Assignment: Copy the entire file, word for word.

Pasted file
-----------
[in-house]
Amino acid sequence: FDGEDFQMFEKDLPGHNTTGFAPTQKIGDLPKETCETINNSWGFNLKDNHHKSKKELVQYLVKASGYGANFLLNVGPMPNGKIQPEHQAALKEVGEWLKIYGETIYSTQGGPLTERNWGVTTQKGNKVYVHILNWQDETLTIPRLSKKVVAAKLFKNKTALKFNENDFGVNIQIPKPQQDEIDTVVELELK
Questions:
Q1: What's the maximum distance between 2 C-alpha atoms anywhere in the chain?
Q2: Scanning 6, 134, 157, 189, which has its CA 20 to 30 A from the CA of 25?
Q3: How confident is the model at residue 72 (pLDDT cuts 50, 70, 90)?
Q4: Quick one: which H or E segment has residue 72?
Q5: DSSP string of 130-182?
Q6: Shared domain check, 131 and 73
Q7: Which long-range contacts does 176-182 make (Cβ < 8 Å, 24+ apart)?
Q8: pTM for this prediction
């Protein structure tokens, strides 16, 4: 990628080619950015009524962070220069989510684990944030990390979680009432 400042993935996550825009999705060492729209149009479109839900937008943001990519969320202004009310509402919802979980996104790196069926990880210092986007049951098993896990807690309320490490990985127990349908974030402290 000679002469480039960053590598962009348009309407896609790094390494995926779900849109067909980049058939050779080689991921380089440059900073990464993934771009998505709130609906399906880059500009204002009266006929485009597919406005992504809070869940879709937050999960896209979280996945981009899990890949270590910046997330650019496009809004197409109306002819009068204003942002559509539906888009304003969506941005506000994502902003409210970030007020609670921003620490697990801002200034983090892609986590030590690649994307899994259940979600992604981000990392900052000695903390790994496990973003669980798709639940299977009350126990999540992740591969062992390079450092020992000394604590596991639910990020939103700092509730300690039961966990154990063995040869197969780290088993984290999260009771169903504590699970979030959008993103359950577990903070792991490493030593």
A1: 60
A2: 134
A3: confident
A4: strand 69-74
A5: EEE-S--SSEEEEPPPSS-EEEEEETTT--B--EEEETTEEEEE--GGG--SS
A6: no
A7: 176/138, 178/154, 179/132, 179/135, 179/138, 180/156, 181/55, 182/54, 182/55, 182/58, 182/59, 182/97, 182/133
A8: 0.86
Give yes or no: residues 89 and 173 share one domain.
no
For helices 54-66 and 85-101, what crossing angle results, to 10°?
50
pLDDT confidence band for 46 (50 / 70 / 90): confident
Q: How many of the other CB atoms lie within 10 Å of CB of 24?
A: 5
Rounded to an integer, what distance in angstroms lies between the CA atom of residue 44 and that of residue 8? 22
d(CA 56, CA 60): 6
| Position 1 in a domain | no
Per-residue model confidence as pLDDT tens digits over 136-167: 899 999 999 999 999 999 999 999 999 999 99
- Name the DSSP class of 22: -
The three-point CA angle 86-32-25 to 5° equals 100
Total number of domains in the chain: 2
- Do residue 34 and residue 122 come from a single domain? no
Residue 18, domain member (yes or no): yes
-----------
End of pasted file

[in-house]
Amino acid sequence: FDGEDFQMFEKDLPGHNTTGFAPTQKIGDLPKETCETINNSWGFNLKDNHHKSKKELVQYLVKASGYGANFLLNVGPMPNGKIQPEHQAALKEVGEWLKIYGETIYSTQGGPLTERNWGVTTQKGNKVYVHILNWQDETLTIPRLSKKVVAAKLFKNKTALKFNENDFGVNIQIPKPQQDEIDTVVELELK
Questions:
Q1: What's the maximum distance between 2 C-alpha atoms anywhere in the chain?
Q2: Scanning 6, 134, 157, 189, which has its CA 20 to 30 A from the CA of 25?
Q3: How confident is the model at residue 72 (pLDDT cuts 50, 70, 90)?
Q4: Quick one: which H or E segment has residue 72?
Q5: DSSP string of 130-182?
Q6: Shared domain check, 131 and 73
Q7: Which long-range contacts does 176-182 make (Cβ < 8 Å, 24+ apart)?
Q8: pTM for this prediction
């Protein structure tokens, strides 16, 4: 990628080619950015009524962070220069989510684990944030990390979680009432 400042993935996550825009999705060492729209149009479109839900937008943001990519969320202004009310509402919802979980996104790196069926990880210092986007049951098993896990807690309320490490990985127990349908974030402290 000679002469480039960053590598962009348009309407896609790094390494995926779900849109067909980049058939050779080689991921380089440059900073990464993934771009998505709130609906399906880059500009204002009266006929485009597919406005992504809070869940879709937050999960896209979280996945981009899990890949270590910046997330650019496009809004197409109306002819009068204003942002559509539906888009304003969506941005506000994502902003409210970030007020609670921003620490697990801002200034983090892609986590030590690649994307899994259940979600992604981000990392900052000695903390790994496990973003669980798709639940299977009350126990999540992740591969062992390079450092020992000394604590596991639910990020939103700092509730300690039961966990154990063995040869197969780290088993984290999260009771169903504590699970979030959008993103359950577990903070792991490493030593």
A1: 60
A2: 134
A3: confident
A4: strand 69-74
A5: EEE-S--SSEEEEPPPSS-EEEEEETTT--B--EEEETTEEEEE--GGG--SS
A6: no
A7: 176/138, 178/154, 179/132, 179/135, 179/138, 180/156, 181/55, 182/54, 182/55, 182/58, 182/59, 182/97, 182/133
A8: 0.86
Give yes or no: residues 89 and 173 share one domain.
no
For helices 54-66 and 85-101, what crossing angle results, to 10°?
50
pLDDT confidence band for 46 (50 / 70 / 90): confident
Q: How many of the other CB atoms lie within 10 Å of CB of 24?
A: 5
Rounded to an integer, what distance in angstroms lies between the CA atom of residue 44 and that of residue 8? 22
d(CA 56, CA 60): 6
| Position 1 in a domain | no
Per-residue model confidence as pLDDT tens digits over 136-167: 899 999 999 999 999 999 999 999 999 999 99
- Name the DSSP class of 22: -
The three-point CA angle 86-32-25 to 5° equals 100
Total number of domains in the chain: 2
- Do residue 34 and residue 122 come from a single domain? no
Residue 18, domain member (yes or no): yes